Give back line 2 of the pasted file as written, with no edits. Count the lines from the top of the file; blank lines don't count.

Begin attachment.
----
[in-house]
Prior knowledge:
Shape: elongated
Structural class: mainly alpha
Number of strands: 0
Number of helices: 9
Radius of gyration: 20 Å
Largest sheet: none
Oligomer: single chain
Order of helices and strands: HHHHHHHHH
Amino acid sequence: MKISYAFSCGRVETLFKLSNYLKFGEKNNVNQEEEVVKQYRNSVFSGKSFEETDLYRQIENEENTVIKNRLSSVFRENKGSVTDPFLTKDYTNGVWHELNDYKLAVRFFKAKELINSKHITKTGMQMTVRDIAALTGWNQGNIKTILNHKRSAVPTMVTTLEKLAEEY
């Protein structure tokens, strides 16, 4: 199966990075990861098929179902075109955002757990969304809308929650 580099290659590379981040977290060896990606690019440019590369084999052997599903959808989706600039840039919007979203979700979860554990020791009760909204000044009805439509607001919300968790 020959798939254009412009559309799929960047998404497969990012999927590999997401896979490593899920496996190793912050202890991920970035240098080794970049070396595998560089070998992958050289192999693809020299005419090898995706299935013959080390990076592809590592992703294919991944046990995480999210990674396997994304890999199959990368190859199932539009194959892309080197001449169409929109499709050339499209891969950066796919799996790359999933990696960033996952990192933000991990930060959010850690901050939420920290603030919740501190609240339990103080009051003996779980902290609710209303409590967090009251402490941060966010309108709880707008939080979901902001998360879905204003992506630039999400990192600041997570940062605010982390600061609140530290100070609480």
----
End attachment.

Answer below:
Prior knowledge: